CLFF Review: The Passion of Michelangelo

The Passion of Michelangelo Chile | 2012 | 97 min. Director: Esteban Larraín |  Drama

Saturday, April 13, 2013, 4:30 pm at AMC Loews Theatres

Monday, April 15, 2013, 6:30 pm at AMC Loews Theatres

By 1983 Augusto Pinochet was in his 10th year in office as both the “President” of Chile and its military commander-in-chief. The Passion of Michelangelo portrays the actions of the government’s propaganda machine and its efforts to legitimize and endear itself to the nation’s ultra religious rural and impoverished population.

Or does it?

Miguel Angel is a young orphan who claims that he can see and converse with the Virgin Mary on a hilltop in Peñablanca, a remote village in rural Chile. When the film begins, we encounter a priest fighting his way through throngs of people making a pilgrimage to see the miracle boy in action and be present as he communicates with the blessed virgin.  Like the others in the crowd, Father Ruiz-Tagel, a Dana Skully type skeptic, is there to observe the goings on. Unlike the other pilgrims, he has been sent by the leaders of the church to investigate so that an official statement can be made about the alleged miracles. This scene sets the tone for the entire film; the priest makes his way to the hilltop and encounters an eccentric young man in the middle of the crowd looking to the heavens seemingly in conversation with his patron. He mumbles a message to a portly priest in a cassock who relays the message to the adoring crowd: “The virgin has come to Chile to save souls!”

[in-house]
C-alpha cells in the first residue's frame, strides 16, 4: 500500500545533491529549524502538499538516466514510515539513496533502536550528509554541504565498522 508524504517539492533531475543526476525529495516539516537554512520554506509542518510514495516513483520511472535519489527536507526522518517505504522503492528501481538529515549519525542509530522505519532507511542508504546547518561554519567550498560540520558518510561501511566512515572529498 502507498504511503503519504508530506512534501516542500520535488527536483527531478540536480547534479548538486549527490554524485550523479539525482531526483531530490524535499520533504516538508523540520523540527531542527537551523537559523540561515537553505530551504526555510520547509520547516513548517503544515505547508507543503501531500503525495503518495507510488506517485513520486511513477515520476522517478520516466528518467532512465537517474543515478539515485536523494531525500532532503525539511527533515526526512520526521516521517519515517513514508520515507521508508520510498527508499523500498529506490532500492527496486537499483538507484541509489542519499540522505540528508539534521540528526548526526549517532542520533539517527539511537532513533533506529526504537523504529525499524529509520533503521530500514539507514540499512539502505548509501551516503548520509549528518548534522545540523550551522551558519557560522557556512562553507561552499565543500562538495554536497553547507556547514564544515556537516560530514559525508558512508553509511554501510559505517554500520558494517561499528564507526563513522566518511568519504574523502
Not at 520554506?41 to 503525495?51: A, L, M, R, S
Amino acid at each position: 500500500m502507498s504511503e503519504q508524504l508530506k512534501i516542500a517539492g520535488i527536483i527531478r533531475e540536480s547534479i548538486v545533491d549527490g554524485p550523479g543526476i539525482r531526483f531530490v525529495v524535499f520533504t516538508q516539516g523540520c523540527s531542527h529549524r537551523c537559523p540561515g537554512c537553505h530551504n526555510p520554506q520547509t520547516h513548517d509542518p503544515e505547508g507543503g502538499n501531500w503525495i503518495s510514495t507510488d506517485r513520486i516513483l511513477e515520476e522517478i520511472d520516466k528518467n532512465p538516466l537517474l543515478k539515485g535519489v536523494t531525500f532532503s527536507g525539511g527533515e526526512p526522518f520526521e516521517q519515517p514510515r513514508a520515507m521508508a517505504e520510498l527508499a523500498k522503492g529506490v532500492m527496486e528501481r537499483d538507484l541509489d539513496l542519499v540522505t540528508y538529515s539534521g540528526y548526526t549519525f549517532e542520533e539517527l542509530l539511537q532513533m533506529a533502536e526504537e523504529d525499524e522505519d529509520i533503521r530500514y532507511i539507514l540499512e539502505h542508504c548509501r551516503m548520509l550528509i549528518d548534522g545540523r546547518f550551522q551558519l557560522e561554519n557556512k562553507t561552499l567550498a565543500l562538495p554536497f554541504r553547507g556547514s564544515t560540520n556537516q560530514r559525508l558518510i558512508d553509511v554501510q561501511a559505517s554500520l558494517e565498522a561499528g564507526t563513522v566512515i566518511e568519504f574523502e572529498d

The next events leave the viewer to their own wits to decide legitimacy. Miguel Angel bolts to his feet, looks to the sky and points to a formation in the clouds and announces that the virgin has appeared, the crowd looks up and “sees” it. Following this, Miguel Angel falls to his knees in agony and reveals that he is bleeding from his forehead, reminiscent of the Stigmata.

This film takes the viewer on a journey of faith, doubt, and cautious skepticism. The events portrayed are displayed in a manner which allow you to decide whether Miguel Angel was indeed speaking to the Virgin Mary or if he was just a young man taking advantage of an oppressive regime to garner support.

The filmmakers did an excellent job in their portrayal of this narrative. In the main character Miguel Angel, they managed to create a person that is so unlikeable that one doesn’t have a choice but to relish in his eventual downfall. At the same time, they’ve made him so human and infused with pathos that when he falls from grace you actually cringe and feel sorry for him, seeing him for what he is: a confused and extremely misguided young man. The acting in this film was absolutely superb, the character development could have been a bit stronger, and the overall story was very well told.

In sum, this film is definitely worth watching.

I give it 3.5 out of 5 stars